Authors: George Rajna
In early July, Google announced that it will expand its commercially available cloud computing services to include quantum computing. A similar service has been available from IBM since May.  Quantum computing is described as "just around the corner", simply awaiting the engineering prowess and entrepreneurial spirit of the tech sector to realise its full potential.  For the first time, physicists have demonstrated that hyperentangled photons can be transmitted in free space, which they showed by sending many thousands of these photons between the rooftops of two buildings in Vienna.  Now in a new study, physicists have cloned quantum states and demonstrated that, because the clones are entangled, it's possible to precisely and simultaneously measure the complementary properties of the clones.  Light particles (photons) occur as tiny, indivisible portions. Many thousands of these light portions can be merged to form a single super-photon if they are sufficiently concentrated and cooled.  The concept of temperature is critical in describing many physical phenomena, such as the transition from one phase of matter to another. Turn the temperature knob and interesting things can happen. But other knobs might be just as important for some studying some phenomena. One such knob is chemical potential, a thermodynamic parameter first introduced in the nineteenth century scientists for keeping track of potential energy absorbed or emitted by a system during chemical reactions.  For the first time, physicists have performed an experiment confirming that thermodynamic processes are irreversible in a quantum system—meaning that, even on the quantum level, you can't put a broken egg back into its shell. The results have implications for understanding thermodynamics in quantum systems and, in turn, designing quantum computers and other quantum information technologies.  Disorder, or entropy, in a microscopic quantum system has been measured by an international group of physicists. The team hopes that the feat will shed light on the "arrow of time": the observation that time always marches towards the future. The experiment involved continually flipping the spin of carbon atoms with an oscillating magnetic field and links the emergence of the arrow of time to quantum fluctuations between one atomic spin state and another.  Mark M. Wilde, Assistant Professor at Louisiana State University, has improved this theorem in a way that allows for understanding how quantum measurements can be approximately reversed under certain circumstances. The new results allow for understanding how quantum information that has been lost during a measurement can be nearly recovered, which has potential implications for a variety of quantum technologies.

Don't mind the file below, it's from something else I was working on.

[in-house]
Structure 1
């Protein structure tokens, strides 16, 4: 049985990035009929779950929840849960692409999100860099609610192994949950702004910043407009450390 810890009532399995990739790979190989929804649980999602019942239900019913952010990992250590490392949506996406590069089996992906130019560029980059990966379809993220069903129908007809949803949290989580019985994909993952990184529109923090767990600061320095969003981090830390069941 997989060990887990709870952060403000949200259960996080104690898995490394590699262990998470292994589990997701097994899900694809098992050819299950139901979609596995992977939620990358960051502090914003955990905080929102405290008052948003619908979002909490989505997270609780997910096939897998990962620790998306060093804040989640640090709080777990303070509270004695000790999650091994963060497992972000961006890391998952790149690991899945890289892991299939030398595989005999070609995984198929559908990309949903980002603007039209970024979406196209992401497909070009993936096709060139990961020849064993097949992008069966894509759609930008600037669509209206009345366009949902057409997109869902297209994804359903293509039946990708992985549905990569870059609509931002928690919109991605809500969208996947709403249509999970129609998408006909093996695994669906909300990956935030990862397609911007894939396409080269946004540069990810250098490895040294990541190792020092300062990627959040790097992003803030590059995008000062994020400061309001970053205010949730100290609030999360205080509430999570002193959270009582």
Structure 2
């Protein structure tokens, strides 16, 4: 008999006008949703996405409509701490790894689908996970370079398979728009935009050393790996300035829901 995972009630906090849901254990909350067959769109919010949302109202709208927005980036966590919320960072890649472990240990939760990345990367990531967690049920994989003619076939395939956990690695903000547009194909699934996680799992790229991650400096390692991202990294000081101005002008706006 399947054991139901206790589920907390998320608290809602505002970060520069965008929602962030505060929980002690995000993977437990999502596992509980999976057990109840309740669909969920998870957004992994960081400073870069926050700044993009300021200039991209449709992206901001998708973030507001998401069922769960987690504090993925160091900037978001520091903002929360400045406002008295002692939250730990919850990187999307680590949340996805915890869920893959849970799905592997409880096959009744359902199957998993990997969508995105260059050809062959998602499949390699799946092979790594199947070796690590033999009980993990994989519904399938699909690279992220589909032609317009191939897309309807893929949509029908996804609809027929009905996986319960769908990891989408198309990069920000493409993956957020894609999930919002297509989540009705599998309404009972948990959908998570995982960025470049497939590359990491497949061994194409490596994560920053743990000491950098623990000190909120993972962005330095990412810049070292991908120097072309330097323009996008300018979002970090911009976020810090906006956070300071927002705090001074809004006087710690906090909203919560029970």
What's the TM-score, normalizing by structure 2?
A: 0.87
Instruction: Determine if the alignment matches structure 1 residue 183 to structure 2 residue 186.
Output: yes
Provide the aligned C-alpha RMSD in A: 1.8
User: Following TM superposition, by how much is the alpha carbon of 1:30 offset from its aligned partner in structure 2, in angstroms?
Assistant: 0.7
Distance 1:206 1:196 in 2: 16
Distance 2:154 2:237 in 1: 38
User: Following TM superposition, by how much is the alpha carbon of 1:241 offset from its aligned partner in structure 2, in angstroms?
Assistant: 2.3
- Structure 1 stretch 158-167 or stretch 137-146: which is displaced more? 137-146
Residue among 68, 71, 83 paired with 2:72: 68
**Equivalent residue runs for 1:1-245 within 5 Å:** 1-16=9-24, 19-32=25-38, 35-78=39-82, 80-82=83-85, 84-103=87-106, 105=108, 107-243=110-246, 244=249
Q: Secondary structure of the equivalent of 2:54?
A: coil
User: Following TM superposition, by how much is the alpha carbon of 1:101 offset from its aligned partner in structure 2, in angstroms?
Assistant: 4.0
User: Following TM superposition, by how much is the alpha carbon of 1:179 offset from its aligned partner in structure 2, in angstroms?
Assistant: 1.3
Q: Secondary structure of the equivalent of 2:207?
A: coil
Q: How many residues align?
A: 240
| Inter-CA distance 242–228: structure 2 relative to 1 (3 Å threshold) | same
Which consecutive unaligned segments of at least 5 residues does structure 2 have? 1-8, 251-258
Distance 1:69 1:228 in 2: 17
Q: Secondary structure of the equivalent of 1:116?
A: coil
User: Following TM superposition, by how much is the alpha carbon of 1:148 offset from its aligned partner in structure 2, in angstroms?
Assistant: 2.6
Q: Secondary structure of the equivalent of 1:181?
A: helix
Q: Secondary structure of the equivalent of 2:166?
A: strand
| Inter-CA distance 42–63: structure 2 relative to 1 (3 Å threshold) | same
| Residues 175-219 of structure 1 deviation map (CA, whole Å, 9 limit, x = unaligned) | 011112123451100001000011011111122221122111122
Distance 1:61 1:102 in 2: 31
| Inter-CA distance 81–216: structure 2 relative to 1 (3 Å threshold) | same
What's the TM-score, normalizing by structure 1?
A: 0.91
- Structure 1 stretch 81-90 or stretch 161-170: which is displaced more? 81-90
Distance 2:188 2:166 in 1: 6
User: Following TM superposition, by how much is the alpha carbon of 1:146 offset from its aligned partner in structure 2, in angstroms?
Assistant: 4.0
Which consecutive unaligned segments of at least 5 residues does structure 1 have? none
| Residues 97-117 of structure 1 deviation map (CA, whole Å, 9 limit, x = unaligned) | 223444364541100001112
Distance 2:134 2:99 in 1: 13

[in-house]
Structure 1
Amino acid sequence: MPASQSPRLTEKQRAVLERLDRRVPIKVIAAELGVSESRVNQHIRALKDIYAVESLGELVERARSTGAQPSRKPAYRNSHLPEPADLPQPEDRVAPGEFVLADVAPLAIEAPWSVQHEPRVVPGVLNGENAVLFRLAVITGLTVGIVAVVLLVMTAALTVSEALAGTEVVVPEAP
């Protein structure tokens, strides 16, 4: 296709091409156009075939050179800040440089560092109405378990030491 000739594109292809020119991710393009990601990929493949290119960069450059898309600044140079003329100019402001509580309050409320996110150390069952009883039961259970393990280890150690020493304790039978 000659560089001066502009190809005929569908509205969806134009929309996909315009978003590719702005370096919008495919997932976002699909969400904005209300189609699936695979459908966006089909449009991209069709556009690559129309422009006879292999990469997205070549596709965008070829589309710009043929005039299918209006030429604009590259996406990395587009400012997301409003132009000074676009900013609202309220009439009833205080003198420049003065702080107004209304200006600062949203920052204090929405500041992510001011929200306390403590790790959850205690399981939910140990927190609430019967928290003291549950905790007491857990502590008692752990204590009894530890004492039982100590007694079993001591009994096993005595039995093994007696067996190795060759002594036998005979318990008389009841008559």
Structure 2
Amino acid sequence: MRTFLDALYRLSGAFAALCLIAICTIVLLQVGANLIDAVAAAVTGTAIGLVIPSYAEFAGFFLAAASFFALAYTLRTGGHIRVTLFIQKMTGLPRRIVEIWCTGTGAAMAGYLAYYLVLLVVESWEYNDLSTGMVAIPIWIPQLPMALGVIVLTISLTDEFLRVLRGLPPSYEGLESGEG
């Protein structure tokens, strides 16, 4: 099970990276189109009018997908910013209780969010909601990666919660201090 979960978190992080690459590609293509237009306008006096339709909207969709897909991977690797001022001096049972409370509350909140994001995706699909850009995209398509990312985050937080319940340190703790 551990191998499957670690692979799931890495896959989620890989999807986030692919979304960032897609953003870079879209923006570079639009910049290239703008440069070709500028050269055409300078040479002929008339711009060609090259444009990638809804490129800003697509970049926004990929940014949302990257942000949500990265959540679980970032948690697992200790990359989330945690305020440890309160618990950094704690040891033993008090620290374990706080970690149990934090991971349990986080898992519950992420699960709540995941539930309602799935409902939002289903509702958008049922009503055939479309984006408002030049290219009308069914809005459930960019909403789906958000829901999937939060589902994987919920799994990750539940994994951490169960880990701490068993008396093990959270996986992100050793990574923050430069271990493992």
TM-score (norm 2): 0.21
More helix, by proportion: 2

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[v1] 2017-08-24 07:10:42
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